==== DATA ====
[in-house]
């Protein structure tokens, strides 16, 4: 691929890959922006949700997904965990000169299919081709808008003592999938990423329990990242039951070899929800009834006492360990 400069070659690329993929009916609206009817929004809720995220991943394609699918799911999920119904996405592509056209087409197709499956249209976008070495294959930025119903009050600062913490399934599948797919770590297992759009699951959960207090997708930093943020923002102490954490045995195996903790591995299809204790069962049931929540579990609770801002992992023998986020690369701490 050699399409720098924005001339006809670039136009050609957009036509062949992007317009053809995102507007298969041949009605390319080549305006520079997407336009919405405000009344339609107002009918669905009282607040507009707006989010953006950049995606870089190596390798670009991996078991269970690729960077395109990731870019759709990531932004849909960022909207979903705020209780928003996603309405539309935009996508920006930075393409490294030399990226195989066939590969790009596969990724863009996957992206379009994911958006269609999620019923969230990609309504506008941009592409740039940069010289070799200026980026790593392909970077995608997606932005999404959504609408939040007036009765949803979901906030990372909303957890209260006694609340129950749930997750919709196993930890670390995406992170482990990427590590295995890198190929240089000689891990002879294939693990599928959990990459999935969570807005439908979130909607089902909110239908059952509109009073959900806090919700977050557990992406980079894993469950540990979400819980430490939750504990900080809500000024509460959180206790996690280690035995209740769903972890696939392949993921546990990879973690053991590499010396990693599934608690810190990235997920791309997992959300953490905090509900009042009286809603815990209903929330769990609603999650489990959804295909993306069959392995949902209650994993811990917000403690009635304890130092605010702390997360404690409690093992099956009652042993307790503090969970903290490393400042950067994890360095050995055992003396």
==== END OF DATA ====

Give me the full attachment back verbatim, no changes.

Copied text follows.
[in-house]
């Protein structure tokens, strides 16, 4: 691929890959922006949700997904965990000169299919081709808008003592999938990423329990990242039951070899929800009834006492360990 400069070659690329993929009916609206009817929004809720995220991943394609699918799911999920119904996405592509056209087409197709499956249209976008070495294959930025119903009050600062913490399934599948797919770590297992759009699951959960207090997708930093943020923002102490954490045995195996903790591995299809204790069962049931929540579990609770801002992992023998986020690369701490 050699399409720098924005001339006809670039136009050609957009036509062949992007317009053809995102507007298969041949009605390319080549305006520079997407336009919405405000009344339609107002009918669905009282607040507009707006989010953006950049995606870089190596390798670009991996078991269970690729960077395109990731870019759709990531932004849909960022909207979903705020209780928003996603309405539309935009996508920006930075393409490294030399990226195989066939590969790009596969990724863009996957992206379009994911958006269609999620019923969230990609309504506008941009592409740039940069010289070799200026980026790593392909970077995608997606932005999404959504609408939040007036009765949803979901906030990372909303957890209260006694609340129950749930997750919709196993930890670390995406992170482990990427590590295995890198190929240089000689891990002879294939693990599928959990990459999935969570807005439908979130909607089902909110239908059952509109009073959900806090919700977050557990992406980079894993469950540990979400819980430490939750504990900080809500000024509460959180206790996690280690035995209740769903972890696939392949993921546990990879973690053991590499010396990693599934608690810190990235997920791309997992959300953490905090509900009042009286809603815990209903929330769990609603999650489990959804295909993306069959392995949902209650994993811990917000403690009635304890130092605010702390997360404690409690093992099956009652042993307790503090969970903290490393400042950067994890360095050995055992003396």